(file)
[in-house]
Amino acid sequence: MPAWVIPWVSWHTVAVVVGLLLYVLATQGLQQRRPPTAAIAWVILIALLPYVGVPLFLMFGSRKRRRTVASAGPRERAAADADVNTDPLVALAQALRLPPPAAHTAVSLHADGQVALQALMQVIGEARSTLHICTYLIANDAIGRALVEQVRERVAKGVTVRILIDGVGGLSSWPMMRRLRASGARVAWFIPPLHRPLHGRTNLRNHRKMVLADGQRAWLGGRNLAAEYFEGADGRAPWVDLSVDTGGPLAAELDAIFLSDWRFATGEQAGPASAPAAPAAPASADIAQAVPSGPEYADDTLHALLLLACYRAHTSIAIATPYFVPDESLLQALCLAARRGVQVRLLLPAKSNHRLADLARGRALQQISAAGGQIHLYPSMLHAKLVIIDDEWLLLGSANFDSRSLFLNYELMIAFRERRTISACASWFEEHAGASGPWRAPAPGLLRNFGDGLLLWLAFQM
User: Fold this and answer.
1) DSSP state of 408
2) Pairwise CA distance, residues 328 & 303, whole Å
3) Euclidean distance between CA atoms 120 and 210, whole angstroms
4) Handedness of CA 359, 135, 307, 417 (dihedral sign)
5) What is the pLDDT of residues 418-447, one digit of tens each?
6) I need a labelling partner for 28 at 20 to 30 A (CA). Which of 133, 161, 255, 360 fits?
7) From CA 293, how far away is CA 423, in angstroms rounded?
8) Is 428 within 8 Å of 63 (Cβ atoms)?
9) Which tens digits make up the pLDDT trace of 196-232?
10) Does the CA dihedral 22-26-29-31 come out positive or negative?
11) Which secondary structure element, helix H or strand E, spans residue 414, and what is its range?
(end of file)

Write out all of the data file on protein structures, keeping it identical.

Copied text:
[in-house]
Amino acid sequence: MPAWVIPWVSWHTVAVVVGLLLYVLATQGLQQRRPPTAAIAWVILIALLPYVGVPLFLMFGSRKRRRTVASAGPRERAAADADVNTDPLVALAQALRLPPPAAHTAVSLHADGQVALQALMQVIGEARSTLHICTYLIANDAIGRALVEQVRERVAKGVTVRILIDGVGGLSSWPMMRRLRASGARVAWFIPPLHRPLHGRTNLRNHRKMVLADGQRAWLGGRNLAAEYFEGADGRAPWVDLSVDTGGPLAAELDAIFLSDWRFATGEQAGPASAPAAPAAPASADIAQAVPSGPEYADDTLHALLLLACYRAHTSIAIATPYFVPDESLLQALCLAARRGVQVRLLLPAKSNHRLADLARGRALQQISAAGGQIHLYPSMLHAKLVIIDDEWLLLGSANFDSRSLFLNYELMIAFRERRTISACASWFEEHAGASGPWRAPAPGLLRNFGDGLLLWLAFQM
User: Fold this and answer.
1) DSSP state of 408
2) Pairwise CA distance, residues 328 & 303, whole Å
3) Euclidean distance between CA atoms 120 and 210, whole angstroms
4) Handedness of CA 359, 135, 307, 417 (dihedral sign)
5) What is the pLDDT of residues 418-447, one digit of tens each?
6) I need a labelling partner for 28 at 20 to 30 A (CA). Which of 133, 161, 255, 360 fits?
7) From CA 293, how far away is CA 423, in angstroms rounded?
8) Is 428 within 8 Å of 63 (Cβ atoms)?
9) Which tens digits make up the pLDDT trace of 196-232?
10) Does the CA dihedral 22-26-29-31 come out positive or negative?
11) Which secondary structure element, helix H or strand E, spans residue 414, and what is its range?